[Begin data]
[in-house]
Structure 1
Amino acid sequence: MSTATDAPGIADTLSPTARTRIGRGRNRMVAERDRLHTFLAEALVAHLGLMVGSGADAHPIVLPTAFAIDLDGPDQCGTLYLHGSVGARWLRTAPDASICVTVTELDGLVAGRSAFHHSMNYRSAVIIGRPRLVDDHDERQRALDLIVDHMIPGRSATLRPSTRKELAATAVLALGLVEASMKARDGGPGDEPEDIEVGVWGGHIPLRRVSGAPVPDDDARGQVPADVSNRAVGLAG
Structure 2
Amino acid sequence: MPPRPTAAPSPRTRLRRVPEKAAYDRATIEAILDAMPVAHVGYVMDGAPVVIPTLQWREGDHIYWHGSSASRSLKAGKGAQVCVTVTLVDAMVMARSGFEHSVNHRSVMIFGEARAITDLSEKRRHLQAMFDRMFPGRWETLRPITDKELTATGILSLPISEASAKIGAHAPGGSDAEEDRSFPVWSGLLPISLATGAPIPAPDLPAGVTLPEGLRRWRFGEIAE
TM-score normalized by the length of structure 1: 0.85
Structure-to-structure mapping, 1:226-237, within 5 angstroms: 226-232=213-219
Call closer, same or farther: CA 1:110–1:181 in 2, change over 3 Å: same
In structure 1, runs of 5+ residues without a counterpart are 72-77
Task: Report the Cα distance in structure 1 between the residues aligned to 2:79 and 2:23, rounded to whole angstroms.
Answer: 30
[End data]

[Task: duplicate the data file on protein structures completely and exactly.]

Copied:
[in-house]
Structure 1
Amino acid sequence: MSTATDAPGIADTLSPTARTRIGRGRNRMVAERDRLHTFLAEALVAHLGLMVGSGADAHPIVLPTAFAIDLDGPDQCGTLYLHGSVGARWLRTAPDASICVTVTELDGLVAGRSAFHHSMNYRSAVIIGRPRLVDDHDERQRALDLIVDHMIPGRSATLRPSTRKELAATAVLALGLVEASMKARDGGPGDEPEDIEVGVWGGHIPLRRVSGAPVPDDDARGQVPADVSNRAVGLAG
Structure 2
Amino acid sequence: MPPRPTAAPSPRTRLRRVPEKAAYDRATIEAILDAMPVAHVGYVMDGAPVVIPTLQWREGDHIYWHGSSASRSLKAGKGAQVCVTVTLVDAMVMARSGFEHSVNHRSVMIFGEARAITDLSEKRRHLQAMFDRMFPGRWETLRPITDKELTATGILSLPISEASAKIGAHAPGGSDAEEDRSFPVWSGLLPISLATGAPIPAPDLPAGVTLPEGLRRWRFGEIAE
TM-score normalized by the length of structure 1: 0.85
Structure-to-structure mapping, 1:226-237, within 5 angstroms: 226-232=213-219
Call closer, same or farther: CA 1:110–1:181 in 2, change over 3 Å: same
In structure 1, runs of 5+ residues without a counterpart are 72-77
Task: Report the Cα distance in structure 1 between the residues aligned to 2:79 and 2:23, rounded to whole angstroms.
Answer: 30